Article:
The Smithsonian American Art Museum has been dedicated to exploring video games as an art form ever since our groundbreaking exhibition, The Art of Video Games, in 2012. Earlier this month we held our annual SAAM Arcade online where we honored the 100th anniversary of the ratification of the 19th Amendment, granting women suffrage. Ever wonder what it takes to care for a digital work of art? Shu-Wen Lin, collections care initiative fellow at SAAM, shares her insights and expertise.
When my friends see me play video games, they all say the same thing: “You are not an experienced gamer—you tilt your whole shoulder with the controller, as if it would help you jump higher.” They are right. I grew up watching my neighbor’s older brother playing Nintendo, and I have not, until today, passed the first level of Super Mario. You can imagine my surprise that my role as collections care initiative fellow for time-based media has led me to study preservation techniques for video games.
The Smithsonian American Art Museum currently has three video games in its time-based media art collection. Like all technology-based works, technological change and platform obsolescence pose preservation challenges. SAAM’s Curatorial and Conservation departments have teamed up to address the entire collection lifecycle—acquisition, conservation, preservation, and exhibition—and proactively develop strategies. So how do we go about documenting and preserving video games?
Emulators can mimic the behaviors of old video game consoles and allow gamers to play vintage games on contemporary computing devices. For this reason, it has been adopted by the digital preservation community. Although SAAM exhibited two video games in the Watch This! Revelations in Media Art exhibition, the museum does not have documentation for the accurate game speed, visual effects, and element behaviors for either. Recording various scenarios is critical–not only can we fully contextualize the audiovisual and gameplay experience, but the media conservator needs these to evaluate any preservation or emulation results in the future.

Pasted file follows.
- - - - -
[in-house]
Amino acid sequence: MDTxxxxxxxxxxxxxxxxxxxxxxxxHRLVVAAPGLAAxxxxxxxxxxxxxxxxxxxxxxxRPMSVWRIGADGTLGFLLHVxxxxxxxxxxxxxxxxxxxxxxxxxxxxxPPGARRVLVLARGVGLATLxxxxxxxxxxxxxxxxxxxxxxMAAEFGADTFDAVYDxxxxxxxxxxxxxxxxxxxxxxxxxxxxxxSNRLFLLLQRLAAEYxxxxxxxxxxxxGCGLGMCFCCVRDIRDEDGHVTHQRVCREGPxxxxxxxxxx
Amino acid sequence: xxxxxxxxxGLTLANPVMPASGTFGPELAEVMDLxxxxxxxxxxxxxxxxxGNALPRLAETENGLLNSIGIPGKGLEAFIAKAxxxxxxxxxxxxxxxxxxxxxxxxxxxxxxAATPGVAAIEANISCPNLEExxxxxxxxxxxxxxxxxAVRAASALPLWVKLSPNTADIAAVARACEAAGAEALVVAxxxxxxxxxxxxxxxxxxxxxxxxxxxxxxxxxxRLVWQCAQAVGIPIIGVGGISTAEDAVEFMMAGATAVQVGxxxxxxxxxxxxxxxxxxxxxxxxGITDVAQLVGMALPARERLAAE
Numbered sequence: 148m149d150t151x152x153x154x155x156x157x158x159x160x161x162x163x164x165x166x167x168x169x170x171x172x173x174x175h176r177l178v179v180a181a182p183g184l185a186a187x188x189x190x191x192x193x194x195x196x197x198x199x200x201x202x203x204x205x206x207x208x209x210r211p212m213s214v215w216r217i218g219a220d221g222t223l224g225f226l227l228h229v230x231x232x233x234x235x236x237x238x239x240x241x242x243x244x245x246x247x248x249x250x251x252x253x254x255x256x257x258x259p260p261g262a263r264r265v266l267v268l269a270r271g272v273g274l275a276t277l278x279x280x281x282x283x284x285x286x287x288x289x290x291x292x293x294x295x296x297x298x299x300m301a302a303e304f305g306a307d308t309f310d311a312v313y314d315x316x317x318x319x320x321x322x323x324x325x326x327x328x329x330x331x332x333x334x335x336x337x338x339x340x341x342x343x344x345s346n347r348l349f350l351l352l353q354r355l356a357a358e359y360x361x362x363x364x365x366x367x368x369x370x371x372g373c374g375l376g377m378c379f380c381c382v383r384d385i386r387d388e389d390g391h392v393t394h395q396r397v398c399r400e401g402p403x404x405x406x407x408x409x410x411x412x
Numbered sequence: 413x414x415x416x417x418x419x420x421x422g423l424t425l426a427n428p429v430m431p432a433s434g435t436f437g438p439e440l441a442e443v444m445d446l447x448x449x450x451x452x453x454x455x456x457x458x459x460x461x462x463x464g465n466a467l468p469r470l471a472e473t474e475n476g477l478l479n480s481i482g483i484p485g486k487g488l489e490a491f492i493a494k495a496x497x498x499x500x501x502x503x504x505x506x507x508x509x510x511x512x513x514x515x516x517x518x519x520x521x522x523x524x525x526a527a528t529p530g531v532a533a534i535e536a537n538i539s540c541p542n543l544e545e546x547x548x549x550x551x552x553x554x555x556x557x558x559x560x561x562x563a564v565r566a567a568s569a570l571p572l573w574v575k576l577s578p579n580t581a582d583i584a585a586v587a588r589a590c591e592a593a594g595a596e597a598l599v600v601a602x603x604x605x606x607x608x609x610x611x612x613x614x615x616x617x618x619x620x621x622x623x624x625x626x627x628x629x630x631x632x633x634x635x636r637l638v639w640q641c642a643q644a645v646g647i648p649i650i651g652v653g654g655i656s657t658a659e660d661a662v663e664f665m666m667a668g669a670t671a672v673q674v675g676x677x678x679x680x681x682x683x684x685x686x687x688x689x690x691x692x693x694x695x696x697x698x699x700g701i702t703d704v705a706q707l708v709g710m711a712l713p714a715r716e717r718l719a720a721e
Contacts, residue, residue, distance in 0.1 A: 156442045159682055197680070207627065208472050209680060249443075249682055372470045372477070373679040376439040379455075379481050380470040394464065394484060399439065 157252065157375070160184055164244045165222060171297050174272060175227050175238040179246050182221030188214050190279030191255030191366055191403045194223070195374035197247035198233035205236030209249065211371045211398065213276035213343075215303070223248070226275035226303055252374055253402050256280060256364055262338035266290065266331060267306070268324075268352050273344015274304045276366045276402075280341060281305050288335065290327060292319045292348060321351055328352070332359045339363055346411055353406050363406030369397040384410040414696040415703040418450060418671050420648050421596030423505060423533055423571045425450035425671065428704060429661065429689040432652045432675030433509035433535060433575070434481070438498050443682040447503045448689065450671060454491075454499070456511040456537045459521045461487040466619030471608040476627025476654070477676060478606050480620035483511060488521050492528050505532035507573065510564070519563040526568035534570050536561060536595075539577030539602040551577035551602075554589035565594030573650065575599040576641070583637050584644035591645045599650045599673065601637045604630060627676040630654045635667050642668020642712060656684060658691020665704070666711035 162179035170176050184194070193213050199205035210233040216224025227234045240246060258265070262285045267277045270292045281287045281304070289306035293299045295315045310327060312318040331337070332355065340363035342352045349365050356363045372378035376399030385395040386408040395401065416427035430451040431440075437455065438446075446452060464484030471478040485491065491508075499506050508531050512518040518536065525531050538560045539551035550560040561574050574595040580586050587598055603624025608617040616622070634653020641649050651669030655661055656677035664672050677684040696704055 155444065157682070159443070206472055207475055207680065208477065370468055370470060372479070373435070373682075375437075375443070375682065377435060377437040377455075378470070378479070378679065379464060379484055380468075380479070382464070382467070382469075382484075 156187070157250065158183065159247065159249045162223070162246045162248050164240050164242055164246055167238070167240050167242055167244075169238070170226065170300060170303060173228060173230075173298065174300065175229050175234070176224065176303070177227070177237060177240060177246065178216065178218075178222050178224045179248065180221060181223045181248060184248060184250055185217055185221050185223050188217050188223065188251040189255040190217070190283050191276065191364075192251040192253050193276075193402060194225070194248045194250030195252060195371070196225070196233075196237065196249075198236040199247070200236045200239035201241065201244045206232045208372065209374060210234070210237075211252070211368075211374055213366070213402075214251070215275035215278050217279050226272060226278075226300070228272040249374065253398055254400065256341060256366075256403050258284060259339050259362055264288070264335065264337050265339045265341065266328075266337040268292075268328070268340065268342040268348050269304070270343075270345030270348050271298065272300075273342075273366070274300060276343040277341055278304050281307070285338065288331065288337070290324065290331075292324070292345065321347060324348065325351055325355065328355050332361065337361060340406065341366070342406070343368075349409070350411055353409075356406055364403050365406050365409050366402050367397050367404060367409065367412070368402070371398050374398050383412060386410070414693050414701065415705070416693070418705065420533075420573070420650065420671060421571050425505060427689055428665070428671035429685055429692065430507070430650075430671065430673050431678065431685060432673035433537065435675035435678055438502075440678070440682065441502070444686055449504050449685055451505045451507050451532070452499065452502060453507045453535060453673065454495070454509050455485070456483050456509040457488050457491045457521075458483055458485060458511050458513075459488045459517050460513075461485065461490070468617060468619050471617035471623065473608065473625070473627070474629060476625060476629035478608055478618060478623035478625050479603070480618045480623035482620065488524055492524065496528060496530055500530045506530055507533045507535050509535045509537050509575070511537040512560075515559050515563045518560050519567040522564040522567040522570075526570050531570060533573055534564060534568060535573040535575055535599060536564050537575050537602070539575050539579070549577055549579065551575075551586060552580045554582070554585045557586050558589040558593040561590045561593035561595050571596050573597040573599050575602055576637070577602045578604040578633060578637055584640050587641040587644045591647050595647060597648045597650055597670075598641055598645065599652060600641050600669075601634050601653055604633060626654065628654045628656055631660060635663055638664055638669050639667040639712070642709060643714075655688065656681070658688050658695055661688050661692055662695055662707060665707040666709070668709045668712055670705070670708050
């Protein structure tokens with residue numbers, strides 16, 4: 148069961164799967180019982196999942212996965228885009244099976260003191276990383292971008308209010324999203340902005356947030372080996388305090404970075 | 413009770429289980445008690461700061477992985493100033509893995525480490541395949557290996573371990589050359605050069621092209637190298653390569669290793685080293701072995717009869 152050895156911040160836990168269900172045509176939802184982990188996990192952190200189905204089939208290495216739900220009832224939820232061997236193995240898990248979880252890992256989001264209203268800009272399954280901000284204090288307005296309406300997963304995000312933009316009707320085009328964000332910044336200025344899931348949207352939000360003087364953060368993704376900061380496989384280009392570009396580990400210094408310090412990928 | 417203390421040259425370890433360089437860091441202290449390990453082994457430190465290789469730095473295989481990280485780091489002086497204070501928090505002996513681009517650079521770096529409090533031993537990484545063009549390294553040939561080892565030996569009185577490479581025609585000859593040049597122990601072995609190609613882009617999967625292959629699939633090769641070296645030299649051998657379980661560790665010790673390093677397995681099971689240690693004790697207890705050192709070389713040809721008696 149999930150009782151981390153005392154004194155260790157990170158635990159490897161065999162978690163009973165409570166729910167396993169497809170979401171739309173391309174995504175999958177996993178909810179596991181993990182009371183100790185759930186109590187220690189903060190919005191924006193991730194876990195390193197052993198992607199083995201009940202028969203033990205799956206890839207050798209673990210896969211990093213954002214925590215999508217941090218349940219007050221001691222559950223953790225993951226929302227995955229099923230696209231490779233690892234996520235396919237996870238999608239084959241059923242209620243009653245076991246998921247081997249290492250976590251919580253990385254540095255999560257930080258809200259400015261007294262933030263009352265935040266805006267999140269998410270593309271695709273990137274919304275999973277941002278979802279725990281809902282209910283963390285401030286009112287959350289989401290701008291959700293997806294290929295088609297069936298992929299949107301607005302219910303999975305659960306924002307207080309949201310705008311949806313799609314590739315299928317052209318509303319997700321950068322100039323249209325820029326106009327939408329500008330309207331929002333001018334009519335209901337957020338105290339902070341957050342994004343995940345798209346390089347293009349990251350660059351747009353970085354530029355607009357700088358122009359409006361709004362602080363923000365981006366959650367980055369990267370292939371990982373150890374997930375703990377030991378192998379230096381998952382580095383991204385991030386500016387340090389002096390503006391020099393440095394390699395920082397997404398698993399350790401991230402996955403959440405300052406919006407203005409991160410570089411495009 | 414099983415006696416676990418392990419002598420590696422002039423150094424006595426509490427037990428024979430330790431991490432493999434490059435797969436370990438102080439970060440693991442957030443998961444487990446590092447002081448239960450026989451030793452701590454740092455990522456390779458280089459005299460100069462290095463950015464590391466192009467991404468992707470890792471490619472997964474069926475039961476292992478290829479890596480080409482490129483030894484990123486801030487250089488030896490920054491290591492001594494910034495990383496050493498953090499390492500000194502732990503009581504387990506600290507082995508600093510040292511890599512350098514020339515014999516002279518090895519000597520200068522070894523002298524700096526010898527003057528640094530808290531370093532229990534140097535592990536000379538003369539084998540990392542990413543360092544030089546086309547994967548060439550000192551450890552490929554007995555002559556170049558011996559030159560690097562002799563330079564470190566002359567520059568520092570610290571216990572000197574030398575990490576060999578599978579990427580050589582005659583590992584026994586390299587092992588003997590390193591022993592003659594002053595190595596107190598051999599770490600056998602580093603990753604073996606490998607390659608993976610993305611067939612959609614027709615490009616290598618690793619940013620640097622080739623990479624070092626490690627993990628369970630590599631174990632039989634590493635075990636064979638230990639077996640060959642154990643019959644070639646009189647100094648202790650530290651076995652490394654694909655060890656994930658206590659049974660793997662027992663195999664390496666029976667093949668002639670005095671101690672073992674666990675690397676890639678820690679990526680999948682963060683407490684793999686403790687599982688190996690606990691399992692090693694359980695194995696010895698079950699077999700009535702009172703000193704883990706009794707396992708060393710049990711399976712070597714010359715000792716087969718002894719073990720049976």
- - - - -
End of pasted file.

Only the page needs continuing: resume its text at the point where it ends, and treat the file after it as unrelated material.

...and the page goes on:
We started with Halo 2600 developed by Ed Fries. It is a demake (a video game created in older graphical style for an older system) released in 2010 for Atari 2600, a popular video game console during the 1970s and 1980s. Harnessing the creativity prompted by technical limitations and the nostalgia for Atari-aesthetics, Fries reimagines the cutting-edge visuals and complex narratives of the 2000’s Halo franchise to fit the drastically smaller memory capacity of early game cartridges. Since Halo 2600 was released for a long- discontinued console, most gamers might have first played the game on the emulators. Therefore, we decided to record the playthrough both on the emulator and the artist-intended original console.
Immediately, I ran into my first obstacle: how can I evaluate the success of an emulation? First, I found three available Atari 2600 emulators and each one rendered the game with slightly different colors, position of elements, and element behaviors. Second, there is no record in our system about the total game levels, nor do we have a game map that shows every scene with all elements in each level throughout the entire game. Since I am not an experienced gamer, I am nowhere close to finishing the game in order to learn if every level of the game can be fully presented.
To solve these issues, we reached out to the game’s developer Fries to locate his preferred emulator and gather questions for a gamer questionnaire. Meanwhile, SAAM’s team—Curator of Time-based Media Saisha Grayson, Media Conservator Dan Finn, and I—collaborated with Amanda Phillips, assistant professor in English and film and media studies at Georgetown University, for a class project.
With Phillips’s help, we partnered with Georgetown’s Lauinger Library to host gameplay recordings with students over an open-source emulator in March. Students at all levels of gaming experience participated in the project. During the recording, each student was given 30 minutes to curate their experience. They were encouraged to narrate their thought process about their interpretation of elements as well as their gaming strategies. In addition to a full screen capture of the gameplay itself, we set up a separate camera to capture students’ interactions with the game and the gaming device. After the recording, every student filled out the gamer questionnaire which will lay the groundwork for an upcoming artist interview and for assessing the success of various emulations in conveying the intended experience.
Additionally, we were able to use the recording footage to put together a complete game map of Halo 2600. Along with the recordings, it can be used as a reference in the future to evaluate the emulated results.
We are planning to interview Fries and have him perform the gameplay recording at SAAM’s media conservation lab. We also will invite students to come back and play on an original cartridge running on the classic Atari 2600 hardware. This body of documentation will provide crucial context to future museum staff and visitors about how these games were used and enjoyed, if they become unplayable for any reason, and will help guide future preservation and display decisions.